Meloni's suggestion that the navy should blockade the coasts of North Africa was the only one that didn't win support from von der Leyen. The two women have already traveled to Tunisia twice to try and wring an agreement out of the autocratic Tunisian president on holding back migrants. Meloni sees that as part of her strategy to focus more on North Africa than previous heads of state have done, in her bid to stem migration.

    Meloni believes that is where more focus is needed because the West has ignored the continent for too long — this was an opinion she expressed on the sidelines of the UN General Assembly in New York recently.

    But on Lampedusa, there was also criticism of Meloni. One resident, who asked not to be named, told DW that Meloni is all talk and has achieved nothing. Arrivals are double what they were a year ago, said the local woman, who added that four Italian prime ministers and two former EU Commission presidents had visited the island since 2013. They came every time the island was overwhelmed by a surge in migrant arrivals, she complained.

    Meloni's family values

    On the whole though, Meloni's approval ratings are at an all-time high. In August, 53% of Italians expressed satisfaction with their prime minister's performance. By comparison, Germany's Chancellor Scholz enjoys an approval rating of only 31%.

    Meloni's arch-conservative course on family policy has prompted debate and the occasional demonstration. Like her 'good friend', Hungarian Prime Minister Viktor Orban, Meloni believes a family should only consist of a father, mother and children.

    At the bi-annual Budapest Demographic Summit in mid-September, which draws church leaders and conservative politicians, Meloni declared that the highest possible birth rate was vital to saving the nation. Her worldview has no place for same-sex parents, surrogate mothers or abortions and the Italian leader stands by her guiding principle, 'I am a woman, an Italian, a mother, a Christian'.

    These values are constantly under attack in today's culture, Meloni complained to a rapt audience in Budapest. 'It is dangerous for our identity — our national identity, our family identity, our religious identity … Without that identity, we are only numbers, unconscious numbers, tools in the hands of those who want to use us', she said.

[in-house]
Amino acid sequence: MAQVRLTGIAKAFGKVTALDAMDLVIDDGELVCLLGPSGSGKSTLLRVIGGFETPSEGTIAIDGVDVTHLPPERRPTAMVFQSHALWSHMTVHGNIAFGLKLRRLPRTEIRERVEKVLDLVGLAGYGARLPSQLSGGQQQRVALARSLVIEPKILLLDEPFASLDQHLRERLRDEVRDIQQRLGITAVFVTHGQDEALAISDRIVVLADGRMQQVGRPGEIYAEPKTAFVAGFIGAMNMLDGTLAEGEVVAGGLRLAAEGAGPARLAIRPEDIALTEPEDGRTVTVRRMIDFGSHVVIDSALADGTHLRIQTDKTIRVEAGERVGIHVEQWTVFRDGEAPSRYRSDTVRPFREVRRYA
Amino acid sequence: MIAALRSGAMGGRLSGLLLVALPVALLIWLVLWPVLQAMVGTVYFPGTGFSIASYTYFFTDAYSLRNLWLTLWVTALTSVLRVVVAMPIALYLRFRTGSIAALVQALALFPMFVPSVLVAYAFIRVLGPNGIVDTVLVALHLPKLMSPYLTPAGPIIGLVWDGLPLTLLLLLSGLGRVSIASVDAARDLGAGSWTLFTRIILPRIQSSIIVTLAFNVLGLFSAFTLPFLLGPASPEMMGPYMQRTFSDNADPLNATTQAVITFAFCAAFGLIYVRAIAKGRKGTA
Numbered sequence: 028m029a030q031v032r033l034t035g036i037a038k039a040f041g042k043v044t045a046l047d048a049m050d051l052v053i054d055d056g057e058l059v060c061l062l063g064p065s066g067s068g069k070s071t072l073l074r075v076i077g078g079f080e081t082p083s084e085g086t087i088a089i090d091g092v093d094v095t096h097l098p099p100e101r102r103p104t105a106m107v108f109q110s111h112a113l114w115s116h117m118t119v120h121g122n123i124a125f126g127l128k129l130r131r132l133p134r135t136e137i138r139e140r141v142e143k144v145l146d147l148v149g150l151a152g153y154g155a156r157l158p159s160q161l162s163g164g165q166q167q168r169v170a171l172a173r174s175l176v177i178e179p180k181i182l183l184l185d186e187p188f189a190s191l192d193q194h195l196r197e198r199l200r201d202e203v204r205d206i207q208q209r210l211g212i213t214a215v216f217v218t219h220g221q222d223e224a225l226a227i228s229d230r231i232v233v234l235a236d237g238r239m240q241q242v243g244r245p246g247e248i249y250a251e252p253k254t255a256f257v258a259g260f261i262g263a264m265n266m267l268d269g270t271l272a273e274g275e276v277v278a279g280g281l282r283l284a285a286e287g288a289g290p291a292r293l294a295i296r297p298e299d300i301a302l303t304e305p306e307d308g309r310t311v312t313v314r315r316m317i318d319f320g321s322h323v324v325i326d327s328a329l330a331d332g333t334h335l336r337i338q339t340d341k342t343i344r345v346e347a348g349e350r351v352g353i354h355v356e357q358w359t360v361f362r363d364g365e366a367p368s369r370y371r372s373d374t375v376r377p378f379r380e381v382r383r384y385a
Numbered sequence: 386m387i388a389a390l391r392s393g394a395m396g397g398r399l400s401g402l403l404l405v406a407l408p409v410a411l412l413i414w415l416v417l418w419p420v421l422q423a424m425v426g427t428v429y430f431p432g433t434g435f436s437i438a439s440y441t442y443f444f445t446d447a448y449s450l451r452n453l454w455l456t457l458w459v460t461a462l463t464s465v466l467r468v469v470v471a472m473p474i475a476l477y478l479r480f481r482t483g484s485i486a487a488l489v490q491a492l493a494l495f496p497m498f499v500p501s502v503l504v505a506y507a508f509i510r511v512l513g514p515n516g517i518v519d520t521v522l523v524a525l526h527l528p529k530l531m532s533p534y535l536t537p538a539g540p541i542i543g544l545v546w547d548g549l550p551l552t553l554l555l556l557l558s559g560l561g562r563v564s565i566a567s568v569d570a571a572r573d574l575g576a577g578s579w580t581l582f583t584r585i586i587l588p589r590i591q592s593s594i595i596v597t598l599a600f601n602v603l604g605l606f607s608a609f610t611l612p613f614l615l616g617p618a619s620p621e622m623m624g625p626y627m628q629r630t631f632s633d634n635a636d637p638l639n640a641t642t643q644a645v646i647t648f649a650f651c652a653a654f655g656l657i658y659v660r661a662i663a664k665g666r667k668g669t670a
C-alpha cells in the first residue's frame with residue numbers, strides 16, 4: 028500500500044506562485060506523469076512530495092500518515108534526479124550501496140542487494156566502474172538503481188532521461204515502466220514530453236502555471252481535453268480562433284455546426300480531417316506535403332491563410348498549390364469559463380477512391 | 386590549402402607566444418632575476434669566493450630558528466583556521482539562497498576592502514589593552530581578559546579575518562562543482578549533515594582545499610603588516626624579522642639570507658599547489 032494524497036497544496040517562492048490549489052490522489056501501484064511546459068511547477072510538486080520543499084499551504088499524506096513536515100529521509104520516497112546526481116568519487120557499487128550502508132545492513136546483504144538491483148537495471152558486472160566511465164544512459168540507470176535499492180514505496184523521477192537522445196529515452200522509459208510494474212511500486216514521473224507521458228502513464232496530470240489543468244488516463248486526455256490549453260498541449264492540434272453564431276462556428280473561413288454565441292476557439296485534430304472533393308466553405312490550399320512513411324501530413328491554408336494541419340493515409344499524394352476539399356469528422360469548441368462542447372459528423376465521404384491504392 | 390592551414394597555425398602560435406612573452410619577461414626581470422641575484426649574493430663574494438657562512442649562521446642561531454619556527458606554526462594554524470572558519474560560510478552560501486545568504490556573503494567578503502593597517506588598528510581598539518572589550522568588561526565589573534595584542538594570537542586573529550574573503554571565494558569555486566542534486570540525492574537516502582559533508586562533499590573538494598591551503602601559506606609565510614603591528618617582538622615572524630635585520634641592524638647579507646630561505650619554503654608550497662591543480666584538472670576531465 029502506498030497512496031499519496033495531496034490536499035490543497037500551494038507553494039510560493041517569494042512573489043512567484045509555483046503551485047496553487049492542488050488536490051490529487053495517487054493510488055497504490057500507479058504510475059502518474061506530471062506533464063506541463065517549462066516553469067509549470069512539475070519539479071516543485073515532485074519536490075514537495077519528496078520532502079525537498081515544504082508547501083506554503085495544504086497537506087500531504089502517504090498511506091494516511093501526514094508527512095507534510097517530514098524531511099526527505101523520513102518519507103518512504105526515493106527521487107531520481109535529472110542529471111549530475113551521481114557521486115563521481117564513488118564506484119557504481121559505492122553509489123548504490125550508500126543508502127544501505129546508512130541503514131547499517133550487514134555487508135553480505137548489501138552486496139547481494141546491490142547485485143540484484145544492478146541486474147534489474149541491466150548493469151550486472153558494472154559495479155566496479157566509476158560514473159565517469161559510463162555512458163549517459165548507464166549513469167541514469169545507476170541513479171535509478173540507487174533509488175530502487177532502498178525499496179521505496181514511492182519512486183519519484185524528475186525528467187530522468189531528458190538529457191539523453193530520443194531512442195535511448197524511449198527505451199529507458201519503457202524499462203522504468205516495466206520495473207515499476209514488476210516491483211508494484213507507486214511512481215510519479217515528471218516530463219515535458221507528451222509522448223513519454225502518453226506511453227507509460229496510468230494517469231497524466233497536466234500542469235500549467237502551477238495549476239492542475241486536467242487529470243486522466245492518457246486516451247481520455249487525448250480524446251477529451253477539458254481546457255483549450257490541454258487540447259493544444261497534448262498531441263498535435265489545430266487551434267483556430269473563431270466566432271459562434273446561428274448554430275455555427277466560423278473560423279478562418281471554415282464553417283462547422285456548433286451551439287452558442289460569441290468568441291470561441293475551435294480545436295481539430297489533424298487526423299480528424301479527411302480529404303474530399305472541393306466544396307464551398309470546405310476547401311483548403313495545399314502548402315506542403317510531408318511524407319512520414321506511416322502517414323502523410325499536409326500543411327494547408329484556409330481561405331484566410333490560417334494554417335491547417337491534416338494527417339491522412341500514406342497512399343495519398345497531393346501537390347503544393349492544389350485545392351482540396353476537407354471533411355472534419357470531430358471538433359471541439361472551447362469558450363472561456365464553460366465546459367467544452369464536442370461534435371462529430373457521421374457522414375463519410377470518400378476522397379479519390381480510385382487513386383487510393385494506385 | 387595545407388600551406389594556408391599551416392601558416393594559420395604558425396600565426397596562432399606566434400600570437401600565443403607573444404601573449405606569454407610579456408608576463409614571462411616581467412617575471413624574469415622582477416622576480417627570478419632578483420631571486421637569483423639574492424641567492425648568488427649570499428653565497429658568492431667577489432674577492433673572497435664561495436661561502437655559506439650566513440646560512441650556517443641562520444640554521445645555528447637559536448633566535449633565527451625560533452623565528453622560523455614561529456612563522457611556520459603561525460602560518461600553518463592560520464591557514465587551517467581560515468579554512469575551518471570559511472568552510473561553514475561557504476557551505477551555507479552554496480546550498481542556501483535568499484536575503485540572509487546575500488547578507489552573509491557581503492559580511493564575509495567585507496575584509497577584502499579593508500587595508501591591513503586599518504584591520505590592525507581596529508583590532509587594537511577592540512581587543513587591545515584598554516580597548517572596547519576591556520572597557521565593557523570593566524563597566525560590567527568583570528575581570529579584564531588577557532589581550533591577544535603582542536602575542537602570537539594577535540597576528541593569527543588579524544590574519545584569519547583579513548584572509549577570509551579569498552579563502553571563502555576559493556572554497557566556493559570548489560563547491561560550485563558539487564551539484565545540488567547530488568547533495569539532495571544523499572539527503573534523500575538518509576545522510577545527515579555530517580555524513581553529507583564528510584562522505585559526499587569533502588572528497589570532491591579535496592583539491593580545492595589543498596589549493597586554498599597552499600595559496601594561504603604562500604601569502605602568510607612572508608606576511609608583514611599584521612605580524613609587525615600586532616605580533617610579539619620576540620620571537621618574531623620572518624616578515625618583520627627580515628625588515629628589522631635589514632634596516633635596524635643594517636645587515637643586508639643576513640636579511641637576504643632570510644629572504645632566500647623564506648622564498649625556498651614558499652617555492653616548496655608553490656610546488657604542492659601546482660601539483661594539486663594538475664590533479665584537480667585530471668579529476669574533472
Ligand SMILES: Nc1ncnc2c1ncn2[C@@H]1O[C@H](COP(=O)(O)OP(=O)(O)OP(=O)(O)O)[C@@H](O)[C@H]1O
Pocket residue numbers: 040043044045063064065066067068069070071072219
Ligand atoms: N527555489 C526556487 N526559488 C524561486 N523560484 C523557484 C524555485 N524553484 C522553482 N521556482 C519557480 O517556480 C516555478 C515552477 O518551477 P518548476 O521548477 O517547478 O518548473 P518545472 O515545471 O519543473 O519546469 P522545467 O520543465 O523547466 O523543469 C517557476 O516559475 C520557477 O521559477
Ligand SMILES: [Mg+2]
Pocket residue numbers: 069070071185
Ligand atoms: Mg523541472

In Italy, higher social benefits for young families and children reflect this ideology. At the same time, the parental rights of same-sex couples are being curtailed. Meloni's right-wing government is also seeking to take tougher action against juvenile delinquency, truancy and parental neglect.

    Italian support for Ukraine

    The heads of the EU and G7 states were actually relieved when Meloni expressed unconditional support for Ukraine in the war with Russia. US President Joe Biden praised Meloni's stance about how defending Ukraine also defends Europe's freedom.

    'I hope you'll be nice to me', Biden joked when Meloni visited him at the White House in Washington this summer. Meloni responded with a telling laugh. Only a year ago Biden had branded her election victory a danger to democracy. Meloni let it be known that the pair were on friendly terms again after the one-on-one meeting in Washington.

    Meloni, who was completely inexperienced in foreign policy, has also been making friends at international summits, such as the recent G20 meeting in New Delhi. The public affection demonstrated by India's nationalist Prime Minister Narendra Modi prompted excited comments on social media in that country. The names, Meloni and Modi, were melded to create the new label 'Melodi'.

    Meloni feels she has done well in her first year at the top. In 'La versione di Giorgia', an Italian book-length interview published earlier in September, she let it be known that although her government also makes mistakes, it does its best 'in good faith, with love and humility'.

    And she plans to remain at the top in Italy for a good while yet. Unlike most of her predecessors, she will not be stepping down prematurely in the wake of government crises, she declared. Instead she intends to govern the full five years.

    Opposition leader Giuseppe Conte of the left-wing 5-Star Movement poured scorn on Meloni's self-assessment.

    'She's bluffing', the former prime minister said. 'Meloni? This — after a year of skyrocketing gasoline prices, soaring living costs and out-of-control migration' ".